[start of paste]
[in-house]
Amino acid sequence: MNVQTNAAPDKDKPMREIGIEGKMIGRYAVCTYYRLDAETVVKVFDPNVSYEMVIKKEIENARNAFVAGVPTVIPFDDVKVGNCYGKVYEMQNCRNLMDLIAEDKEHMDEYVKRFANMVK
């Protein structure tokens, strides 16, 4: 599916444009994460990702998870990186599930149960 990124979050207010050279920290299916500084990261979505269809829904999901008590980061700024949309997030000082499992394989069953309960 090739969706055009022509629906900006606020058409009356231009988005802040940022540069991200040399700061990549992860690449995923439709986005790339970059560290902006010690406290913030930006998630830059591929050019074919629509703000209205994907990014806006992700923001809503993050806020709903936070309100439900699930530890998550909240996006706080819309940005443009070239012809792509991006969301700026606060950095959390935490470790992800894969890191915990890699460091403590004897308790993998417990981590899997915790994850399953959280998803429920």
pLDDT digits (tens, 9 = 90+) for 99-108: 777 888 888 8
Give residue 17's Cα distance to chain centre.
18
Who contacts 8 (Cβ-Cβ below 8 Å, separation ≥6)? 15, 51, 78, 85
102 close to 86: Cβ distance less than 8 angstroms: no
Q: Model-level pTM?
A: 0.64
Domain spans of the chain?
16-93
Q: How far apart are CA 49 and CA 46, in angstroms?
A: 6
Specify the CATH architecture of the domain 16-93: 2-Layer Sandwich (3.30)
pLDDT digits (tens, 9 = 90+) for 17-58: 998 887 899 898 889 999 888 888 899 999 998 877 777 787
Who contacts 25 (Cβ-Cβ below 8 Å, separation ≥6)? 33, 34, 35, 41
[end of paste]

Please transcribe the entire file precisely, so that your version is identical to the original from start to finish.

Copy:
[in-house]
Amino acid sequence: MNVQTNAAPDKDKPMREIGIEGKMIGRYAVCTYYRLDAETVVKVFDPNVSYEMVIKKEIENARNAFVAGVPTVIPFDDVKVGNCYGKVYEMQNCRNLMDLIAEDKEHMDEYVKRFANMVK
């Protein structure tokens, strides 16, 4: 599916444009994460990702998870990186599930149960 990124979050207010050279920290299916500084990261979505269809829904999901008590980061700024949309997030000082499992394989069953309960 090739969706055009022509629906900006606020058409009356231009988005802040940022540069991200040399700061990549992860690449995923439709986005790339970059560290902006010690406290913030930006998630830059591929050019074919629509703000209205994907990014806006992700923001809503993050806020709903936070309100439900699930530890998550909240996006706080819309940005443009070239012809792509991006969301700026606060950095959390935490470790992800894969890191915990890699460091403590004897308790993998417990981590899997915790994850399953959280998803429920």
pLDDT digits (tens, 9 = 90+) for 99-108: 777 888 888 8
Give residue 17's Cα distance to chain centre.
18
Who contacts 8 (Cβ-Cβ below 8 Å, separation ≥6)? 15, 51, 78, 85
102 close to 86: Cβ distance less than 8 angstroms: no
Q: Model-level pTM?
A: 0.64
Domain spans of the chain?
16-93
Q: How far apart are CA 49 and CA 46, in angstroms?
A: 6
Specify the CATH architecture of the domain 16-93: 2-Layer Sandwich (3.30)
pLDDT digits (tens, 9 = 90+) for 17-58: 998 887 899 898 889 999 888 888 899 999 998 877 777 787
Who contacts 25 (Cβ-Cβ below 8 Å, separation ≥6)? 33, 34, 35, 41